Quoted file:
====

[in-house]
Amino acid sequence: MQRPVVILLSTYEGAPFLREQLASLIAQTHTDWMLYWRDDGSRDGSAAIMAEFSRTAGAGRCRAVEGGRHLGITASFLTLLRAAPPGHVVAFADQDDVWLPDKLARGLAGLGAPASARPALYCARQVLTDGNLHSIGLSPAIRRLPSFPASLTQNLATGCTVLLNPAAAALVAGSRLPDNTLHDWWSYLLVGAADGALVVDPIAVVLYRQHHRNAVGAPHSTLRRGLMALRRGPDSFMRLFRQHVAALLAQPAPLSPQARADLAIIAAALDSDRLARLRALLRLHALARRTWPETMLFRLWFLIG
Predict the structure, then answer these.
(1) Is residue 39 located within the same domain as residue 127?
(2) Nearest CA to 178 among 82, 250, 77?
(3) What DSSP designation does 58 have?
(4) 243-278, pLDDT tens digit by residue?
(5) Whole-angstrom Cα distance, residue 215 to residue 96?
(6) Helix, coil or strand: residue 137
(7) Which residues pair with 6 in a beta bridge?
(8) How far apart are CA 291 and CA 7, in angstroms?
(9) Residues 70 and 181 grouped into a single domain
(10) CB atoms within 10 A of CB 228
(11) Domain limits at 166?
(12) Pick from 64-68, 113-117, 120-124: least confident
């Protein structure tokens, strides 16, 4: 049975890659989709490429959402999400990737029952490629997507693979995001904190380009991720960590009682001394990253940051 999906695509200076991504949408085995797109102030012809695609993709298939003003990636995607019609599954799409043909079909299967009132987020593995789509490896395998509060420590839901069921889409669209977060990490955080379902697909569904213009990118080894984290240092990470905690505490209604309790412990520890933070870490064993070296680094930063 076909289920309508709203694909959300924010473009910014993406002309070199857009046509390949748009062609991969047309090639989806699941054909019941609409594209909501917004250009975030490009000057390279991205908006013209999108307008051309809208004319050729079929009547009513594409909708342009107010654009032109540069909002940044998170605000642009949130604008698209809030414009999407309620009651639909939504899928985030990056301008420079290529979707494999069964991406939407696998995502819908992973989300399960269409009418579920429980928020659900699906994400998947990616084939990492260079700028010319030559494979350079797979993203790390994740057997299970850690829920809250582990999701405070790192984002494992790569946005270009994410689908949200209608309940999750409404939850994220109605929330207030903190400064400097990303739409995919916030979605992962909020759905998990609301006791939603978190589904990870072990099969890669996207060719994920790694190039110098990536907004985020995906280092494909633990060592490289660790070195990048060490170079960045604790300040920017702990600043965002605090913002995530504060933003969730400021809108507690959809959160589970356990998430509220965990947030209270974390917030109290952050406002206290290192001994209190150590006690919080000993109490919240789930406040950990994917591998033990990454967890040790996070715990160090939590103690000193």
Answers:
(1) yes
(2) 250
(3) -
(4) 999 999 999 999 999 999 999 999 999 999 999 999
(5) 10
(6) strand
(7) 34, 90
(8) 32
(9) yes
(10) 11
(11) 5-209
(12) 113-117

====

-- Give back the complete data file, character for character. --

[in-house]
Amino acid sequence: MQRPVVILLSTYEGAPFLREQLASLIAQTHTDWMLYWRDDGSRDGSAAIMAEFSRTAGAGRCRAVEGGRHLGITASFLTLLRAAPPGHVVAFADQDDVWLPDKLARGLAGLGAPASARPALYCARQVLTDGNLHSIGLSPAIRRLPSFPASLTQNLATGCTVLLNPAAAALVAGSRLPDNTLHDWWSYLLVGAADGALVVDPIAVVLYRQHHRNAVGAPHSTLRRGLMALRRGPDSFMRLFRQHVAALLAQPAPLSPQARADLAIIAAALDSDRLARLRALLRLHALARRTWPETMLFRLWFLIG
Predict the structure, then answer these.
(1) Is residue 39 located within the same domain as residue 127?
(2) Nearest CA to 178 among 82, 250, 77?
(3) What DSSP designation does 58 have?
(4) 243-278, pLDDT tens digit by residue?
(5) Whole-angstrom Cα distance, residue 215 to residue 96?
(6) Helix, coil or strand: residue 137
(7) Which residues pair with 6 in a beta bridge?
(8) How far apart are CA 291 and CA 7, in angstroms?
(9) Residues 70 and 181 grouped into a single domain
(10) CB atoms within 10 A of CB 228
(11) Domain limits at 166?
(12) Pick from 64-68, 113-117, 120-124: least confident
């Protein structure tokens, strides 16, 4: 049975890659989709490429959402999400990737029952490629997507693979995001904190380009991720960590009682001394990253940051 999906695509200076991504949408085995797109102030012809695609993709298939003003990636995607019609599954799409043909079909299967009132987020593995789509490896395998509060420590839901069921889409669209977060990490955080379902697909569904213009990118080894984290240092990470905690505490209604309790412990520890933070870490064993070296680094930063 076909289920309508709203694909959300924010473009910014993406002309070199857009046509390949748009062609991969047309090639989806699941054909019941609409594209909501917004250009975030490009000057390279991205908006013209999108307008051309809208004319050729079929009547009513594409909708342009107010654009032109540069909002940044998170605000642009949130604008698209809030414009999407309620009651639909939504899928985030990056301008420079290529979707494999069964991406939407696998995502819908992973989300399960269409009418579920429980928020659900699906994400998947990616084939990492260079700028010319030559494979350079797979993203790390994740057997299970850690829920809250582990999701405070790192984002494992790569946005270009994410689908949200209608309940999750409404939850994220109605929330207030903190400064400097990303739409995919916030979605992962909020759905998990609301006791939603978190589904990870072990099969890669996207060719994920790694190039110098990536907004985020995906280092494909633990060592490289660790070195990048060490170079960045604790300040920017702990600043965002605090913002995530504060933003969730400021809108507690959809959160589970356990998430509220965990947030209270974390917030109290952050406002206290290192001994209190150590006690919080000993109490919240789930406040950990994917591998033990990454967890040790996070715990160090939590103690000193």
Answers:
(1) yes
(2) 250
(3) -
(4) 999 999 999 999 999 999 999 999 999 999 999 999
(5) 10
(6) strand
(7) 34, 90
(8) 32
(9) yes
(10) 11
(11) 5-209
(12) 113-117